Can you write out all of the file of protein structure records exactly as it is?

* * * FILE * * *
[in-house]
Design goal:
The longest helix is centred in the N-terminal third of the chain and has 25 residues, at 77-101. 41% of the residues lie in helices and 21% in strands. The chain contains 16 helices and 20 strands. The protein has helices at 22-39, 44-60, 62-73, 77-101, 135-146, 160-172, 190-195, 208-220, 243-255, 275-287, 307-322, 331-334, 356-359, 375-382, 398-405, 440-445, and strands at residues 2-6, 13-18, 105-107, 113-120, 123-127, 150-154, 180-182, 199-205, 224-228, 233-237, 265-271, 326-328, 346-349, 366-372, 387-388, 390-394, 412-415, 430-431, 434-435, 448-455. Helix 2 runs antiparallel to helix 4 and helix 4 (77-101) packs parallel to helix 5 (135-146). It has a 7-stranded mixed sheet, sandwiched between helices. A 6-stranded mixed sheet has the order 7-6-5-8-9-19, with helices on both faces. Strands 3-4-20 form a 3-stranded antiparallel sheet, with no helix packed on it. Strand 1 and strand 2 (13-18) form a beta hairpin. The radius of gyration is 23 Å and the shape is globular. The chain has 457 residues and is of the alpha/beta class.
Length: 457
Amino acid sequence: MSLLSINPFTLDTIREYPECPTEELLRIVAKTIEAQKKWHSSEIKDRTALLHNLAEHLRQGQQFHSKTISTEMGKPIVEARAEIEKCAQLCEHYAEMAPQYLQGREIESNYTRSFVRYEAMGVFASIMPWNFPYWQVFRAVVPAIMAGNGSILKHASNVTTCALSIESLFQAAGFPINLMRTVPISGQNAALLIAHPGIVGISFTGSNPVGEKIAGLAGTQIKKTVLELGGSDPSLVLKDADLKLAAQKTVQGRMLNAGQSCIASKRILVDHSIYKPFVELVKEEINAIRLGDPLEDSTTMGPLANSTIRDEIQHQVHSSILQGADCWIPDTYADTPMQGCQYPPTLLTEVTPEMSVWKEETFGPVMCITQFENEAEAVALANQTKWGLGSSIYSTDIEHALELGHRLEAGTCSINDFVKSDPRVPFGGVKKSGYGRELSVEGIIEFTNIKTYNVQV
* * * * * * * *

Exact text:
[in-house]
Design goal:
The longest helix is centred in the N-terminal third of the chain and has 25 residues, at 77-101. 41% of the residues lie in helices and 21% in strands. The chain contains 16 helices and 20 strands. The protein has helices at 22-39, 44-60, 62-73, 77-101, 135-146, 160-172, 190-195, 208-220, 243-255, 275-287, 307-322, 331-334, 356-359, 375-382, 398-405, 440-445, and strands at residues 2-6, 13-18, 105-107, 113-120, 123-127, 150-154, 180-182, 199-205, 224-228, 233-237, 265-271, 326-328, 346-349, 366-372, 387-388, 390-394, 412-415, 430-431, 434-435, 448-455. Helix 2 runs antiparallel to helix 4 and helix 4 (77-101) packs parallel to helix 5 (135-146). It has a 7-stranded mixed sheet, sandwiched between helices. A 6-stranded mixed sheet has the order 7-6-5-8-9-19, with helices on both faces. Strands 3-4-20 form a 3-stranded antiparallel sheet, with no helix packed on it. Strand 1 and strand 2 (13-18) form a beta hairpin. The radius of gyration is 23 Å and the shape is globular. The chain has 457 residues and is of the alpha/beta class.
Length: 457
Amino acid sequence: MSLLSINPFTLDTIREYPECPTEELLRIVAKTIEAQKKWHSSEIKDRTALLHNLAEHLRQGQQFHSKTISTEMGKPIVEARAEIEKCAQLCEHYAEMAPQYLQGREIESNYTRSFVRYEAMGVFASIMPWNFPYWQVFRAVVPAIMAGNGSILKHASNVTTCALSIESLFQAAGFPINLMRTVPISGQNAALLIAHPGIVGISFTGSNPVGEKIAGLAGTQIKKTVLELGGSDPSLVLKDADLKLAAQKTVQGRMLNAGQSCIASKRILVDHSIYKPFVELVKEEINAIRLGDPLEDSTTMGPLANSTIRDEIQHQVHSSILQGADCWIPDTYADTPMQGCQYPPTLLTEVTPEMSVWKEETFGPVMCITQFENEAEAVALANQTKWGLGSSIYSTDIEHALELGHRLEAGTCSINDFVKSDPRVPFGGVKKSGYGRELSVEGIIEFTNIKTYNVQV